Two new reports from the U.S. Departments of Education and Health & Human Services, as well as the Government Accountability Office, shine light on the need for greater federal investments in early childhood learning and care.

The first of the two reports comes from the U.S. Departments of Education (ED) and Health and Human Services (HHS). The report, “The Department of Health and Human Services and the Department of Education Joint Interdepartmental Review of All Early Learning Programs for Children Less Than 6 Years of Age,” makes it clear that the current federal early learning programs are not funded enough to meet the needs of our nation’s youngest learners and their families.

The report reviewed all federal programs for early learning and care, and found that a total of eight programs have the primary purpose of promoting early learning for children birth through age six. While many programs serve similar age spans, such as Early Head Start and IDEA part C, many have different purposes, serve different populations and/or offer different services. Additionally, a number of federal programs may allow funding, but the use of funds for this purpose is not the primary focus, often putting early learning last.

The second report, Access to Subsidies and Strategies to Manage Demand Vary Across States, from the U.S. Government Accountability Office, provides information on the reach of the Child Care and Development Fund (CCDF) program, the single largest funding source of child care assistance in the United States.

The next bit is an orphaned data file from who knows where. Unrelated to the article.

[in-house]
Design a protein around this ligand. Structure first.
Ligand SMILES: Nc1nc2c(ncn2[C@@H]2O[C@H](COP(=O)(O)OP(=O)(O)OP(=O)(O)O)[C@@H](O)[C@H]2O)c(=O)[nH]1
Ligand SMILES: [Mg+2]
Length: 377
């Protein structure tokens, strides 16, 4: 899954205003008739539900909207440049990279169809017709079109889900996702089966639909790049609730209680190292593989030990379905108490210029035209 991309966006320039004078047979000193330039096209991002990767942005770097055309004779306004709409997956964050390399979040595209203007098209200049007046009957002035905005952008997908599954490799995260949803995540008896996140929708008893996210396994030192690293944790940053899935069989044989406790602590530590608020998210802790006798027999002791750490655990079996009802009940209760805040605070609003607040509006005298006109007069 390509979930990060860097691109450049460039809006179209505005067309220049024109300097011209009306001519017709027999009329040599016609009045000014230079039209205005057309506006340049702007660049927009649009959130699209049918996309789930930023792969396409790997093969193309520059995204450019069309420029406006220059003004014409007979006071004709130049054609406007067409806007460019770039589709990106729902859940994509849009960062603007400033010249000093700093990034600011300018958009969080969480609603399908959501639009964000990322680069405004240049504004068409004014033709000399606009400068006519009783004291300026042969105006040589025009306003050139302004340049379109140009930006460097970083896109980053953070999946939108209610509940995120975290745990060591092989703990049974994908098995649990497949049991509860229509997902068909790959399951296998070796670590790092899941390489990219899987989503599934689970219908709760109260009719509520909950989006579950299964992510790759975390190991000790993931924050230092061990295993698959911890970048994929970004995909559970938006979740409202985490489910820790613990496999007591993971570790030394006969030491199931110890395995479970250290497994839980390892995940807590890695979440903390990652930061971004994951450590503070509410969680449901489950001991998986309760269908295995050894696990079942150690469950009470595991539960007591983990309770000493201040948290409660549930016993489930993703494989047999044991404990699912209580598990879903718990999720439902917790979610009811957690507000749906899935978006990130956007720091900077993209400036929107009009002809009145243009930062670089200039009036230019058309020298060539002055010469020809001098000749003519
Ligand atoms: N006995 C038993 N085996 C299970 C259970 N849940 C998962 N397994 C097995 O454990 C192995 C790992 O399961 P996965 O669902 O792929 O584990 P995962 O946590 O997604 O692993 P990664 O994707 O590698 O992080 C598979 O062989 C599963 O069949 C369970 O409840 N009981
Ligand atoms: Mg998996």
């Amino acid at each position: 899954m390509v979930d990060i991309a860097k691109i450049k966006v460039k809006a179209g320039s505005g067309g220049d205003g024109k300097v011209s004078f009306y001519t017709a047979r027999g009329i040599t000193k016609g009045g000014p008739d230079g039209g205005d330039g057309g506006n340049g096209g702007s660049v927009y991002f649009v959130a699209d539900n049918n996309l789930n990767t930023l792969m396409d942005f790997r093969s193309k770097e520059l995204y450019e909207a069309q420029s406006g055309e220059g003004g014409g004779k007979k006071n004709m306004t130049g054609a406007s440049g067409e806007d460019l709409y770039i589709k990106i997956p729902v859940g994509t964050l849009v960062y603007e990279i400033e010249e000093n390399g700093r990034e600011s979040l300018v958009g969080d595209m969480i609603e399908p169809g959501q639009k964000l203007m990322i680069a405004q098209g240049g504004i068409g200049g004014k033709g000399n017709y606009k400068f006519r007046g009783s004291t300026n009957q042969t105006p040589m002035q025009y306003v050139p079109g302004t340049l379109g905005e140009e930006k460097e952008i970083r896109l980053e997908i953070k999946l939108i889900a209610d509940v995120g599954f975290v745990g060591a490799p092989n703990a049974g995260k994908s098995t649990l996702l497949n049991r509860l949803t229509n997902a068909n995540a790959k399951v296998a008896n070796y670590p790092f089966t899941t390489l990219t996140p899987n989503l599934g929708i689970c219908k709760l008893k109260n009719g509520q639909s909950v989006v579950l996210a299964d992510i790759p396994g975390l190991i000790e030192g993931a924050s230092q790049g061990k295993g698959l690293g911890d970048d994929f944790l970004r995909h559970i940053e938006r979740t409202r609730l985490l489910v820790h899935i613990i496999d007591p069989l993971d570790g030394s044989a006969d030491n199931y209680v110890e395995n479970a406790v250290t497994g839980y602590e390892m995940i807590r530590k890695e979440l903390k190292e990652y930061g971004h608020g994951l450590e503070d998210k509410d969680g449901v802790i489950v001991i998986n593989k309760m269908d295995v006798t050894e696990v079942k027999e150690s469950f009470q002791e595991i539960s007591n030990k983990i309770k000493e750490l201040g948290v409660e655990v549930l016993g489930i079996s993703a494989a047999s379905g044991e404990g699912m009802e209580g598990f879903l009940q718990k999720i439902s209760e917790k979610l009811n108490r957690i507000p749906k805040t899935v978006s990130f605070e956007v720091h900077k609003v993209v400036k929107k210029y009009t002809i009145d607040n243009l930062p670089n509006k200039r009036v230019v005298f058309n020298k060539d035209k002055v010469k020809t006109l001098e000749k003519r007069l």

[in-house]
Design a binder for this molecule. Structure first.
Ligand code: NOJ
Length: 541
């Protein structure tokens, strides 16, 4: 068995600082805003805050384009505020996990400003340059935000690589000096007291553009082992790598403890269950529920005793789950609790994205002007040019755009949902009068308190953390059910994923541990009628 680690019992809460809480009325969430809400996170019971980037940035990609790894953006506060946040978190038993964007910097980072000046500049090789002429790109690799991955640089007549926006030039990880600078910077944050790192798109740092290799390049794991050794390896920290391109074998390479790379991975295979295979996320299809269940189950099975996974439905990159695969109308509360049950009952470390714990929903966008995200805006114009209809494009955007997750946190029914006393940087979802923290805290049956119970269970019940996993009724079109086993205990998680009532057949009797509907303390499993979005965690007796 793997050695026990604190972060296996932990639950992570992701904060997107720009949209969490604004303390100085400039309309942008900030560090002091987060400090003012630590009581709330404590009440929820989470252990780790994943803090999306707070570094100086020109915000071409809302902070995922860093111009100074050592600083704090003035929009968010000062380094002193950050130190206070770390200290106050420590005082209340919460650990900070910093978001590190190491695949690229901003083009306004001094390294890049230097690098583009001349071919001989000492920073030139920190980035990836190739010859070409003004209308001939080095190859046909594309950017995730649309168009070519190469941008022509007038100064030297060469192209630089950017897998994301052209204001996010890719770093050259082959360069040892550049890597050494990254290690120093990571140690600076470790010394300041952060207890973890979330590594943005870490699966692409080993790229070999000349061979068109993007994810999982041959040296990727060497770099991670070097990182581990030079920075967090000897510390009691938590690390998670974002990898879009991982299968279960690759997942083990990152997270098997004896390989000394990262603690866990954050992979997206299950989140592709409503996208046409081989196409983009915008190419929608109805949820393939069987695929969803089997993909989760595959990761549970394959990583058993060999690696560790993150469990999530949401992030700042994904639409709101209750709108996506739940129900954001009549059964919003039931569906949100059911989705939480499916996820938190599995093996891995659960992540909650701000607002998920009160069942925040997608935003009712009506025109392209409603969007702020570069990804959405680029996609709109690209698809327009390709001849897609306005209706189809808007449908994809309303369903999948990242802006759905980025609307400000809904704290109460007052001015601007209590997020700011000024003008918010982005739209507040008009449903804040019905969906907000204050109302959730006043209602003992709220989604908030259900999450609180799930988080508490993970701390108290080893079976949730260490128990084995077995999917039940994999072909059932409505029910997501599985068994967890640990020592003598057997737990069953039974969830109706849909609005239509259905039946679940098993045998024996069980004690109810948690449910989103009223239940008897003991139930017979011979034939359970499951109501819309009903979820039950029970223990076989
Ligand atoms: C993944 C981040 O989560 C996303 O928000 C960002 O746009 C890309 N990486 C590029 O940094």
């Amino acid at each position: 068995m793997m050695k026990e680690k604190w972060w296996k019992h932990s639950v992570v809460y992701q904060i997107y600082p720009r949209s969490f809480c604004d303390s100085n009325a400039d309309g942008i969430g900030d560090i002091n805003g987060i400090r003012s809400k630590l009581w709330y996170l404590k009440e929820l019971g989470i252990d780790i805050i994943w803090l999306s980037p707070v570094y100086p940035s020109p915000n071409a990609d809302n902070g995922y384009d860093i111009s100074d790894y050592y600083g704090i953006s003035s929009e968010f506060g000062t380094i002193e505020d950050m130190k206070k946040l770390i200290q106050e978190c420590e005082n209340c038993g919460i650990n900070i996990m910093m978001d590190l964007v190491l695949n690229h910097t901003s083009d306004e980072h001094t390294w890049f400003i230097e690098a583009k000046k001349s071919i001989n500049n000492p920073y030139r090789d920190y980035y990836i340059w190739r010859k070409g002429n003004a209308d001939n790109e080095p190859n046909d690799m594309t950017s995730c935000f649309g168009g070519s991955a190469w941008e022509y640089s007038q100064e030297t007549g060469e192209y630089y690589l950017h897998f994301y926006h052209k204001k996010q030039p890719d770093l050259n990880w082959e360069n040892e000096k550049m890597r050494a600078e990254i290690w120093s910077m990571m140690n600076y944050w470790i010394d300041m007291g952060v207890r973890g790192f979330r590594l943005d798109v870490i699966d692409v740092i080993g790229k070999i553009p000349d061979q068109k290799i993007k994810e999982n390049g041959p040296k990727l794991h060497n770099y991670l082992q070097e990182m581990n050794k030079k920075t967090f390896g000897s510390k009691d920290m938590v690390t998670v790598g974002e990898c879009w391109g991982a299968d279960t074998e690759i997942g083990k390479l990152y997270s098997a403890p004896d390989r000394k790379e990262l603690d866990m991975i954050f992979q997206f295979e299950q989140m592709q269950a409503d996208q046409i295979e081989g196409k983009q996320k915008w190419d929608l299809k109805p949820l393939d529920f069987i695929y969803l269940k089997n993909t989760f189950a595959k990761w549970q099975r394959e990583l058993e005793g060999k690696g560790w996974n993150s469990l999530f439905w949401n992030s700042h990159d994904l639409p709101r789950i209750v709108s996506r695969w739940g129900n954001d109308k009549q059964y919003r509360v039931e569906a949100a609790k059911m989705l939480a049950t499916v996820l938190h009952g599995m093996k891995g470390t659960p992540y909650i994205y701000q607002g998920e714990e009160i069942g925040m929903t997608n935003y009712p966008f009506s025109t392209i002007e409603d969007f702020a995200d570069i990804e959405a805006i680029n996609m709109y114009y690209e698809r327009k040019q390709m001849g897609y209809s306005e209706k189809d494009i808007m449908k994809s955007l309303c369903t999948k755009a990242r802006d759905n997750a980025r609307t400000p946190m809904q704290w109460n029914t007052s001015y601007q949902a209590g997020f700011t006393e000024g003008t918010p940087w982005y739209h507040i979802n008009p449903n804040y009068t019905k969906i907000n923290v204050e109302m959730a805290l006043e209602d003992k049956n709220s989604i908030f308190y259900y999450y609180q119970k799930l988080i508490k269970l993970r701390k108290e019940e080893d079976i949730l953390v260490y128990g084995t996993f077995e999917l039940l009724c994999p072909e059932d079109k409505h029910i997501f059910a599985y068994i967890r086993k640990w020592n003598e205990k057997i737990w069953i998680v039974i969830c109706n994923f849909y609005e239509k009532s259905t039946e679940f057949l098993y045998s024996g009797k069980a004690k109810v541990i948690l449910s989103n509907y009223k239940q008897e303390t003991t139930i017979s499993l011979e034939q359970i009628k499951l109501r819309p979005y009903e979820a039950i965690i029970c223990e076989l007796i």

The report examined the participation in the CCDF program across the United States in 2011-2012 and found that approximately 14.2 million children under the age of 13 were in families estimated to be eligible for CCDF subsides in an average month. Also when looking at all eligible children, those who received subsidies were found to be younger (under age 5) and low-income (families below federal poverty guidelines). Unfortunately the number of families receiving subsidies did not adequately reflect those who were eligible.

Both reports clearly highlight the increased need for greater federal investment in early learning and care. Without subsidies or the ability to use funds where needed, children and families are left behind. The findings from both reports can help guide the new administration and Congress to maximize current and future investments to increase the quality of and access to early learning for children birth through five.